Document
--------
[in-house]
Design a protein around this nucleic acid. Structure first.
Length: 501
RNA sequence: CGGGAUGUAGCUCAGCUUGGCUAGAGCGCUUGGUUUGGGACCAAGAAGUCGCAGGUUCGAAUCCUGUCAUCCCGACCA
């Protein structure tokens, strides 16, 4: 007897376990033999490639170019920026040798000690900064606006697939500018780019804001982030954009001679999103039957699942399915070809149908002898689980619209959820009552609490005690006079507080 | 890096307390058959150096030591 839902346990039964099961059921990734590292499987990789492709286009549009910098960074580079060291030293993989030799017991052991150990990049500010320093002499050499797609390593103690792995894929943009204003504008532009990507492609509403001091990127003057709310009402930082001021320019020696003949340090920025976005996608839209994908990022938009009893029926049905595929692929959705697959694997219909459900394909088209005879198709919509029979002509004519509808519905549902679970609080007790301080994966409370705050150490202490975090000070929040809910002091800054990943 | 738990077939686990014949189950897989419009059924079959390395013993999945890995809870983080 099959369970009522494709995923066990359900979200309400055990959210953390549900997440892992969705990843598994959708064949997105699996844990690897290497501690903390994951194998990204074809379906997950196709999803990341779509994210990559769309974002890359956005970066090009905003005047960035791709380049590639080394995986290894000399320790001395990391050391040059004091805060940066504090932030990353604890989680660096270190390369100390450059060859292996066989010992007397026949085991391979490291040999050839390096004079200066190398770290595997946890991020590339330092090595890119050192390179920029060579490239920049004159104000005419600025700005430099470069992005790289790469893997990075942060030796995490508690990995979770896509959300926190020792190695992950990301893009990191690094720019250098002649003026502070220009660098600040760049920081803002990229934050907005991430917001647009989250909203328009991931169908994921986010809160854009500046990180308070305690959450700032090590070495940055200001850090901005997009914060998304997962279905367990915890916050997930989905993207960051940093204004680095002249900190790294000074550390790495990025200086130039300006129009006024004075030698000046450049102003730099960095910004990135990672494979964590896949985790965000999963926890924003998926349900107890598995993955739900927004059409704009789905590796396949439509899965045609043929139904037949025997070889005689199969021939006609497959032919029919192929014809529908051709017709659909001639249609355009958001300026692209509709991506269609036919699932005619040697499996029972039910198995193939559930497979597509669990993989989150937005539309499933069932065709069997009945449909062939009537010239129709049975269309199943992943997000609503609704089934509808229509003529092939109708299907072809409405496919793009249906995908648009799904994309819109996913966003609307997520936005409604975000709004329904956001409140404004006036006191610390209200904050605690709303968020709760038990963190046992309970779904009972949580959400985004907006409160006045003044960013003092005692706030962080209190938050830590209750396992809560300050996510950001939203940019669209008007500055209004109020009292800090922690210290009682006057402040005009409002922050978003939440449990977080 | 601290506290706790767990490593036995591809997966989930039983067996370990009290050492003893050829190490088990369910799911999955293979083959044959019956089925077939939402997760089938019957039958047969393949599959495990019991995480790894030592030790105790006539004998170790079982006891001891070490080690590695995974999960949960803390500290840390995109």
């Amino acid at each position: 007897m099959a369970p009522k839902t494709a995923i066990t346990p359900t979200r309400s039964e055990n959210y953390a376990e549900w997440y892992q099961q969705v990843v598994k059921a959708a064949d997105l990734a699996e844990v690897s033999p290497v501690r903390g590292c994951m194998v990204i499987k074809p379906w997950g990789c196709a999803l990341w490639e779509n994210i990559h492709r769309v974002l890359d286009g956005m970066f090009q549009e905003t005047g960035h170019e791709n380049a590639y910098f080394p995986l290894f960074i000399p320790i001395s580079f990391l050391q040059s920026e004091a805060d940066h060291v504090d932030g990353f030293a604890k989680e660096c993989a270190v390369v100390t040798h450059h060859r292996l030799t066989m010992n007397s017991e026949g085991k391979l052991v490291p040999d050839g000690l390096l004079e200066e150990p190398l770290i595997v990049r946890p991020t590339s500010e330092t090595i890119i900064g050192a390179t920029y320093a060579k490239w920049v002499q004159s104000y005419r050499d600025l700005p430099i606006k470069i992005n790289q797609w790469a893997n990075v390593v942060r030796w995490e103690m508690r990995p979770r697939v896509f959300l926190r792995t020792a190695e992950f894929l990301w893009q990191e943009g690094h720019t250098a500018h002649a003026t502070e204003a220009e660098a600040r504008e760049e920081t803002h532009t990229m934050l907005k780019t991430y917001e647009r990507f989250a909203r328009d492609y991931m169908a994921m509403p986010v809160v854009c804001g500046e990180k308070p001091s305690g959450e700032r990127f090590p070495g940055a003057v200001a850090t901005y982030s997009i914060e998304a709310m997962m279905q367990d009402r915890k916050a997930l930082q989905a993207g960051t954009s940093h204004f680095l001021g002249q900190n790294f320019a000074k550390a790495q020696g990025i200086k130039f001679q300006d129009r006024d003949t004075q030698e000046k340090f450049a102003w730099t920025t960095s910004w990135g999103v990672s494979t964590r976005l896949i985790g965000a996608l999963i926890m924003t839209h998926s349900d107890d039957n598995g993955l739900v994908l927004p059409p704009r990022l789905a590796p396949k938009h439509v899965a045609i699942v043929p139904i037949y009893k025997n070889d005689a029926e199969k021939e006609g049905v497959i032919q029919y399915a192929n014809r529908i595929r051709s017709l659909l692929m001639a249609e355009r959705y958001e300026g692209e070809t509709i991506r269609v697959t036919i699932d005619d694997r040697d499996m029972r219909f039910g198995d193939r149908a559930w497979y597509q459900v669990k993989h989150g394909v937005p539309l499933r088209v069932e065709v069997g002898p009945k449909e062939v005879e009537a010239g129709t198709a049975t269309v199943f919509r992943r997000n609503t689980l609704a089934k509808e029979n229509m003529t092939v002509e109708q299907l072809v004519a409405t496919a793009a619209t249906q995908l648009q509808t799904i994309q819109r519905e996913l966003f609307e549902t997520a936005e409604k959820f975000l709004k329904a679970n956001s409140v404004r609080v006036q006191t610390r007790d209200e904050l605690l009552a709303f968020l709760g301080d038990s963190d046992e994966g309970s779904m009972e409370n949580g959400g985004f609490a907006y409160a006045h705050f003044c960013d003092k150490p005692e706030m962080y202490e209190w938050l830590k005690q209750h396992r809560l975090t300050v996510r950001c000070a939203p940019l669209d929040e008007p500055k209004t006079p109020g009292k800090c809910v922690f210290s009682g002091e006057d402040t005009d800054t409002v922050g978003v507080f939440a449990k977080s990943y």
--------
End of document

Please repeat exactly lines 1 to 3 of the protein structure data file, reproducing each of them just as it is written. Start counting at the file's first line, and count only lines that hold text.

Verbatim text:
[in-house]
Design a protein around this nucleic acid. Structure first.
Length: 501